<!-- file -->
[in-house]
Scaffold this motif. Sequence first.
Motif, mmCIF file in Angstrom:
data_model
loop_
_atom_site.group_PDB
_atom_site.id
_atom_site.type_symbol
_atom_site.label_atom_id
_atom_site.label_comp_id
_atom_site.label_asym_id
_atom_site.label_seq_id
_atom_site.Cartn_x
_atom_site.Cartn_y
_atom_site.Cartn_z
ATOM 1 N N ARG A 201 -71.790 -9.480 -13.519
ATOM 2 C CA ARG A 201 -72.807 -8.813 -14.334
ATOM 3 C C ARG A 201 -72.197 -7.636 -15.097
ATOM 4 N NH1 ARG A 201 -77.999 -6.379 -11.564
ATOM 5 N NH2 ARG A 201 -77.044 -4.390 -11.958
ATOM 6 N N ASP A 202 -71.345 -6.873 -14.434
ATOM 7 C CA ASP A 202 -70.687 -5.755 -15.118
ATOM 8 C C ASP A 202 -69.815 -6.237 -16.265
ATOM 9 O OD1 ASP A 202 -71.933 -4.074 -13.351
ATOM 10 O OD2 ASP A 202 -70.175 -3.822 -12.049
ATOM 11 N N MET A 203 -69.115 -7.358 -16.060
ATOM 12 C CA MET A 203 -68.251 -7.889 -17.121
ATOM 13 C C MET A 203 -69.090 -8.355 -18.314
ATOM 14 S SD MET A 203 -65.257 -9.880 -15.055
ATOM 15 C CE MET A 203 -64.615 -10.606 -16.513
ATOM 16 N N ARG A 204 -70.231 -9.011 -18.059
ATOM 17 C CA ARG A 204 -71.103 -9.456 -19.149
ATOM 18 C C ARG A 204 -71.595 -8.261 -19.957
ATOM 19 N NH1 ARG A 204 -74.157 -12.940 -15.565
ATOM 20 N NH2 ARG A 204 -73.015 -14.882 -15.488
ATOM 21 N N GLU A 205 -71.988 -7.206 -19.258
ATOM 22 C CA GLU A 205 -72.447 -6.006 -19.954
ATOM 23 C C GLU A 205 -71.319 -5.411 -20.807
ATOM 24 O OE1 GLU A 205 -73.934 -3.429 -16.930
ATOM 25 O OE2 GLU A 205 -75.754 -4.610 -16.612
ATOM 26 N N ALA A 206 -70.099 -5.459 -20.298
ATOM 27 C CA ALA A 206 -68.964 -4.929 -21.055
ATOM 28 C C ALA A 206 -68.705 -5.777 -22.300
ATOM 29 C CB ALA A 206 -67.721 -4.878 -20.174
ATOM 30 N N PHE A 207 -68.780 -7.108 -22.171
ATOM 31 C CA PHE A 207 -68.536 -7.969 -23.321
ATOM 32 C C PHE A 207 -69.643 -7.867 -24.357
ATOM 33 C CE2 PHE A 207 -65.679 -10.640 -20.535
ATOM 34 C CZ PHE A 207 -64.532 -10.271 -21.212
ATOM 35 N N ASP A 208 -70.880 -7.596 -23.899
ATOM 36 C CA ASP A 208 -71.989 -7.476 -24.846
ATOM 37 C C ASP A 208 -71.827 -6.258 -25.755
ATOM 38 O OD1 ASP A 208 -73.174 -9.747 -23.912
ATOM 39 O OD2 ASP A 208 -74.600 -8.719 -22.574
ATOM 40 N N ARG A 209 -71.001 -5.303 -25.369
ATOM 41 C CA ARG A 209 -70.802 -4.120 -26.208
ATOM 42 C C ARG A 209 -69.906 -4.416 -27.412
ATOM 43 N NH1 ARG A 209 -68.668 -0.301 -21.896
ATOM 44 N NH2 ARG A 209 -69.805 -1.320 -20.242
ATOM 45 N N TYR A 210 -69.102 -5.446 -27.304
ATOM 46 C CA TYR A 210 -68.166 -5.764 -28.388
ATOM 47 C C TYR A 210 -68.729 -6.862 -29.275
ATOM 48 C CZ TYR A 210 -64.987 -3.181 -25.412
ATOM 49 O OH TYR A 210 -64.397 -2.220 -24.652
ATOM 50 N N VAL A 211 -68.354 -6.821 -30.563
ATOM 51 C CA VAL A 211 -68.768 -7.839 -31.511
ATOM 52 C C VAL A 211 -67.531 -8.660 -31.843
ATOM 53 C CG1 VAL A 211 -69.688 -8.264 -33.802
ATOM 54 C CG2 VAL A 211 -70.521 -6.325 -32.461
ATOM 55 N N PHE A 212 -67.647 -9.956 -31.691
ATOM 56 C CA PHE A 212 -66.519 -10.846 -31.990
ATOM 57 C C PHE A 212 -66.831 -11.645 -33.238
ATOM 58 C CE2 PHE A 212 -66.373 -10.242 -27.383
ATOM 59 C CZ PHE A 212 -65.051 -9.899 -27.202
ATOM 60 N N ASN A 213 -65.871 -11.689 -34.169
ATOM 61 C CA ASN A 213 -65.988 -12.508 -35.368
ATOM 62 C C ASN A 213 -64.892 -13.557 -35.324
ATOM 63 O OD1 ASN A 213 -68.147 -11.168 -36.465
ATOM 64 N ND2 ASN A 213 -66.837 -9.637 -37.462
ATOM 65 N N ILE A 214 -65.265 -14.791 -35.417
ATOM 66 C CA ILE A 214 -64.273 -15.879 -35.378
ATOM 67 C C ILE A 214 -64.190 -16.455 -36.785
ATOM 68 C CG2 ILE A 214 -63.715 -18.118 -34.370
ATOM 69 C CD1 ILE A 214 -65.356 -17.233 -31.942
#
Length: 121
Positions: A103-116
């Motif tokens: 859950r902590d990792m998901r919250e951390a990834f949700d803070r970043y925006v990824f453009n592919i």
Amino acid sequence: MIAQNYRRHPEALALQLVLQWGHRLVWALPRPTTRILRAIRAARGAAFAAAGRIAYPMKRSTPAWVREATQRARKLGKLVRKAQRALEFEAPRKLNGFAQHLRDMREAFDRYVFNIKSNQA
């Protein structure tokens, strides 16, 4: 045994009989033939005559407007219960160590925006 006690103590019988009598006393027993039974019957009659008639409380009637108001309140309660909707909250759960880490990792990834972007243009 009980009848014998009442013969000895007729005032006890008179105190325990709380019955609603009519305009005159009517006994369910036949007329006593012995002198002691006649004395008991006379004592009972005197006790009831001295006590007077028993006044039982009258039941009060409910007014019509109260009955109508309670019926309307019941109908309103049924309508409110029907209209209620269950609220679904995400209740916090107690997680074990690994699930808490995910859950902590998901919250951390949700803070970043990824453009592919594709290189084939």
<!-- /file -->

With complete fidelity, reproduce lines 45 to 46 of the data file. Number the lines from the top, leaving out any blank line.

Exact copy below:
ATOM 30 N N PHE A 207 -68.780 -7.108 -22.171
ATOM 31 C CA PHE A 207 -68.536 -7.969 -23.321